Below is a series of photos I took of the bulletin board during my last trip to the shelter. Click to enlarge. For more information on missing pets, head to Lost & Found Pet Information on the Homeward Animal Shelter’s website.
Whether you celebrate Christmas, Hanukkah, or Kwanzaa, the holiday season is ripe with health and safety hazards for house pets, from the decorations to the food to seasonal house plants. So before putting up a tree or candles or a nativity set, here are a few things to consider.
A rambunctious cat or dog could easily tip the Christmas tree over and possibly injure themselves. Make sure the tree is anchored securely, and if it’s nesting in water, don’t let your pets drink it, as the bacteria could make them sick.
If you have a pet that’s prone to chewing—a dog, a bird, a rabbit—don’t leave them alone near the tree, especially if you’ve sprayed it with fake snow, which is toxic to them. Keep an eye on holiday lights for any fraying or teeth marks. If an animal chomps down on a cord, it could cause tongue lacerations at best, electrocution at worst.
If you walk in on a pet chewing a cord, don’t panic and try to yank it out of their mouth; that could cause them to tighten their grip and get a shock. Instead, unplug the lights and then coax them into letting it go. Replace any damaged lights.
Bright, colorful ornaments may look pretty, but they can attract an animal’s destructive curiosity. Dogs may chew on them, cats may bat at them, or birds may dislodge them, which would be especially dangerous if the ornaments are breakable, have sharp edges, or are small enough to present a choking hazard. Your bird may look cute perched on the Christmas tree, but even if they’re well-behaved enough not to chew on anything, they could get poked by ornament hooks.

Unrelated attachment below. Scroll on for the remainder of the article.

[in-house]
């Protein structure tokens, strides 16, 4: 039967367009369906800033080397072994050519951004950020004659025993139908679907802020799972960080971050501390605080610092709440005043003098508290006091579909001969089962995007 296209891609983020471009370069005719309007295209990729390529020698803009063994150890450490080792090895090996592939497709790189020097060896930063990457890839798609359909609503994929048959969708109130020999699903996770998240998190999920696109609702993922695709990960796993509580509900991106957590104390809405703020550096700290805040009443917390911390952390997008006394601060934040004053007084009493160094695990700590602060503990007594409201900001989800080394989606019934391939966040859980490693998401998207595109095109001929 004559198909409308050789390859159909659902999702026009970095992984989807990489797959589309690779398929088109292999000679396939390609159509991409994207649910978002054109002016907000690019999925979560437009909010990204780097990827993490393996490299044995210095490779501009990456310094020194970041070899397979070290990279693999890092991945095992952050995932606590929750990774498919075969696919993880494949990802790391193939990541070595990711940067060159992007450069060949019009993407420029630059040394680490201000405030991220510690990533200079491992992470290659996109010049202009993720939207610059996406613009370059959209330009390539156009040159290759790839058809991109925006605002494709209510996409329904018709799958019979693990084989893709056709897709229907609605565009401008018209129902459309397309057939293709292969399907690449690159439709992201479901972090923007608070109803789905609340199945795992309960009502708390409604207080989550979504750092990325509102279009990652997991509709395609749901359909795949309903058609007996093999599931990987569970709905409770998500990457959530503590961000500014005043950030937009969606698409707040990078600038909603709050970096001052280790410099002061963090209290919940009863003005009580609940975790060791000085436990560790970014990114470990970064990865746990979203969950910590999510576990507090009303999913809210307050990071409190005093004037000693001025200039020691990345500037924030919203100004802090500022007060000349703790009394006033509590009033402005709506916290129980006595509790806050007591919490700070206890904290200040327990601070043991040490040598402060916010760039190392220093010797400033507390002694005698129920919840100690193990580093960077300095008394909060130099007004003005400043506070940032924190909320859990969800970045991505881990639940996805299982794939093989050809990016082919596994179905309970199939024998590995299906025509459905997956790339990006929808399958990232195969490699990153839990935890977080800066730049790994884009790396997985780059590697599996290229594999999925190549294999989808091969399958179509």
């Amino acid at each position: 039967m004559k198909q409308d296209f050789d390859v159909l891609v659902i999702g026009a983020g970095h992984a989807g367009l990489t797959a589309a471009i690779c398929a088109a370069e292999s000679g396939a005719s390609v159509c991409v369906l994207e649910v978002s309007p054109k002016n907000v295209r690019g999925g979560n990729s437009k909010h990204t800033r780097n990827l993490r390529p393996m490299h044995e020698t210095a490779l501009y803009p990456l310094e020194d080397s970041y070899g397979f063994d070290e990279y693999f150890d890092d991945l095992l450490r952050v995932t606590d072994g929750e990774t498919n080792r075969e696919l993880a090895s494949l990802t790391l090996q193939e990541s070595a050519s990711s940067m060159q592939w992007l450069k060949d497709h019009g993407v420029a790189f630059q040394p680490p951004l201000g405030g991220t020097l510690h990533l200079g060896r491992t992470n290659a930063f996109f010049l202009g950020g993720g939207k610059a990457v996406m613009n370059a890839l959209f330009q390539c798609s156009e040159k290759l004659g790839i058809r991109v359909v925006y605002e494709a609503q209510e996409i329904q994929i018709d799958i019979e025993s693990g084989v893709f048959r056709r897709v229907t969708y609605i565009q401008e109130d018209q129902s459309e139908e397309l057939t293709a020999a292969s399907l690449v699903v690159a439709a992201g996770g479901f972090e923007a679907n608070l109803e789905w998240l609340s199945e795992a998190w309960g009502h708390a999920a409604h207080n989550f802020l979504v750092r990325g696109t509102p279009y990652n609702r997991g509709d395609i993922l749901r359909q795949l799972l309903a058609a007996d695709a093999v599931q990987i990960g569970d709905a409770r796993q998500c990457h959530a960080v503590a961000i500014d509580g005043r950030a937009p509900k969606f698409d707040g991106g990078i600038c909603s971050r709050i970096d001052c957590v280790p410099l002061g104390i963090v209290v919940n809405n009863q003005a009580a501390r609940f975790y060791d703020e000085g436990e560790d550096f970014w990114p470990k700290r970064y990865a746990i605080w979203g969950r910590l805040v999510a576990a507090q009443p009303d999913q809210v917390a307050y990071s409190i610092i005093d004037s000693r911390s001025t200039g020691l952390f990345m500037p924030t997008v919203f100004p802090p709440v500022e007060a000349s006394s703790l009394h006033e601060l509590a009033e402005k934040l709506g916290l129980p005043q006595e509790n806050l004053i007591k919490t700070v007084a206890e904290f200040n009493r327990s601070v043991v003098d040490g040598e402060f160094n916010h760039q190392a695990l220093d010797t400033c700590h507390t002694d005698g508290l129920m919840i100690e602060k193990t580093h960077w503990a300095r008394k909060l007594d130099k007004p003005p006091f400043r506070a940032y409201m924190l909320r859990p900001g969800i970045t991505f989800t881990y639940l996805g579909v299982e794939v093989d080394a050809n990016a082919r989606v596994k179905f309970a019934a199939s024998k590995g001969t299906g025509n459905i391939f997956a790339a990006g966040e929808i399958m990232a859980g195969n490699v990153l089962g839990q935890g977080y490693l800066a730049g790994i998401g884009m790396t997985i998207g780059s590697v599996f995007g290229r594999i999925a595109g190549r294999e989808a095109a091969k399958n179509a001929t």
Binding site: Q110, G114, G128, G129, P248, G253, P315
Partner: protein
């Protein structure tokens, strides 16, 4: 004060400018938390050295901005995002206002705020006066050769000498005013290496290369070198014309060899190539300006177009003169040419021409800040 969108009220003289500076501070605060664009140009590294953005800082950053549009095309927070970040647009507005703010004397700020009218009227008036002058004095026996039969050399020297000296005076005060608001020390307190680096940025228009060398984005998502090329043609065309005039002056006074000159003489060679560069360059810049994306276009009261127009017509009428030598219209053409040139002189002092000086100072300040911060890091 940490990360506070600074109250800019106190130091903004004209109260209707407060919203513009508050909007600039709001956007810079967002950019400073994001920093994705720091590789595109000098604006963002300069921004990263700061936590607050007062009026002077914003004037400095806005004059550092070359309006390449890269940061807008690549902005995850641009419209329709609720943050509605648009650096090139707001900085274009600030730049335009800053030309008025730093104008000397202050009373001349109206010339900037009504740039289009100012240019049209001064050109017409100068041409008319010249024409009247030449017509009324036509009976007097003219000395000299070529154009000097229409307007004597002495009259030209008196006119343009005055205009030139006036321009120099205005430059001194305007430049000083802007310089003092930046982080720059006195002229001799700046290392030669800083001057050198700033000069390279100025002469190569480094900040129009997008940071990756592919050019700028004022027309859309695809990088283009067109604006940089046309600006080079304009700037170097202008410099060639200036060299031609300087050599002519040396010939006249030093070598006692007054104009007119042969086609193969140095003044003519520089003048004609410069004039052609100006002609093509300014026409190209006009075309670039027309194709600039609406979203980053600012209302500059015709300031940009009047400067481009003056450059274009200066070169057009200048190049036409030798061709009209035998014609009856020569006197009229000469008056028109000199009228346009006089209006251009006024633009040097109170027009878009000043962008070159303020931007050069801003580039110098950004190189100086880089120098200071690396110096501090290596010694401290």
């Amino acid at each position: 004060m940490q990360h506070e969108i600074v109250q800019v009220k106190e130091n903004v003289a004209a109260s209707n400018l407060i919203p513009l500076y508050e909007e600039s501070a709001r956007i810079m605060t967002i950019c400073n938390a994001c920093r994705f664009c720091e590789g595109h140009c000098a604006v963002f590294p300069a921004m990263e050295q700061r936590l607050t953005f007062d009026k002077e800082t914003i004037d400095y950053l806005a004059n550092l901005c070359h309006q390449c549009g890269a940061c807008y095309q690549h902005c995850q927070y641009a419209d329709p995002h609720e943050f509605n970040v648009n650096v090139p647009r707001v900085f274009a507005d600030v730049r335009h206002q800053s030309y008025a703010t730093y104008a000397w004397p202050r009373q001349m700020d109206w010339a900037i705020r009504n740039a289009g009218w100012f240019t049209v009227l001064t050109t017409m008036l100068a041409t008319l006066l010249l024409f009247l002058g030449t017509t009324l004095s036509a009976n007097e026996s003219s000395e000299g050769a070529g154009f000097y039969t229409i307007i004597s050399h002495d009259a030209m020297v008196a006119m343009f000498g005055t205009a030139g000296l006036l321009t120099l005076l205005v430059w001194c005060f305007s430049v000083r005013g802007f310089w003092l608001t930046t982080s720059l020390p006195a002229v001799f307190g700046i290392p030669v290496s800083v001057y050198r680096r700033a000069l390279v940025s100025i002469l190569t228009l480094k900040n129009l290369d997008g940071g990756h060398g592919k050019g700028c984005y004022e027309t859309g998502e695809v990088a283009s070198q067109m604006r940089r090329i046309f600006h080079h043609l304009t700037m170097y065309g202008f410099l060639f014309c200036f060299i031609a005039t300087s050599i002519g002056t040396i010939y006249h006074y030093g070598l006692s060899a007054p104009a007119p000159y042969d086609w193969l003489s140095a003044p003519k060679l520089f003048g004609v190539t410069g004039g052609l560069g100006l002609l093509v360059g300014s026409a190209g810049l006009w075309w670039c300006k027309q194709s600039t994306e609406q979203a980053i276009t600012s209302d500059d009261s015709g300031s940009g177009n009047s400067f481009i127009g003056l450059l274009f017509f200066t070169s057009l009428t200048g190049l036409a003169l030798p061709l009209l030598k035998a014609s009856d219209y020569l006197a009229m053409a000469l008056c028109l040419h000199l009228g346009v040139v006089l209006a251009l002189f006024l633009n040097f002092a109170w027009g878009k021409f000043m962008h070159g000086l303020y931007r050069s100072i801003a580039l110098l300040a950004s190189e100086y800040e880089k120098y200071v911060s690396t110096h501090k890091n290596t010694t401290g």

Plastic is the safest bet. Any ornaments made of glass, aluminum, or paper should be higher up on the tree where pets can’t reach them. Similarly, if you have candles on display, place them in a hard-to-reach spot so that pets can’t burn themselves or knock them over.
Tinsel, ribbons, and bows can be attractive to animals, especially cats, who like to bat them around. But they’re dangerous when nibbled or swallowed, as they twist and bunch up in the intestines and cause digestive blockage, which leads to severe vomiting and dehydration. If your pet has eaten tinsel or ribbons, contact your veterinarian immediately. Emergency surgery may be needed.
PLANT AND FOOD SAFETY
Before you bring a new houseplant into the home as part of your holiday decorations, be sure it’s not a plant that’s toxic to animals, such as poinsettias, winter cherry, ivy, holly, and mistletoe. If you do get those plants, keep them on a high shelf where they can’t be nibbled.
When preparing your holiday feast, make sure pets aren’t near the food unattended, as they might eat something that’s bad for them, or choke on a bone from the holiday turkey. Even after you throw food away, secure the lids on garbage cans in case a hungry dog knocks it over in search of leftovers.
If you decide to hold a holiday party, make sure the guests don’t give your pets any unsafe table scraps. Keep them away from tobacco and marijuana smoke and make sure they don’t lap up any alcoholic beverage.
Also, when it comes to parties, pets might become anxious if they’re not accustomed to being around too many people at once. Prepare a spare room in a quieter part of the house and take them there if needed.
If your pet ingests any toxic substances, call Animal Poison Control at (888) 426-4435.
- Särah Nour
Winter isn’t just a time of scraping ice off your car windows and shoveling snow out of your driveway; it’s also a time when feral cats are most in need of someone to care for them. But since they’re bonded to their outdoor environment, chances are they’ll turn down an invitation into your warm home. Luckily, whether you live near one feral cat or a whole colony of them, there are other, more efficient ways to keep them warm, safe, and healthy.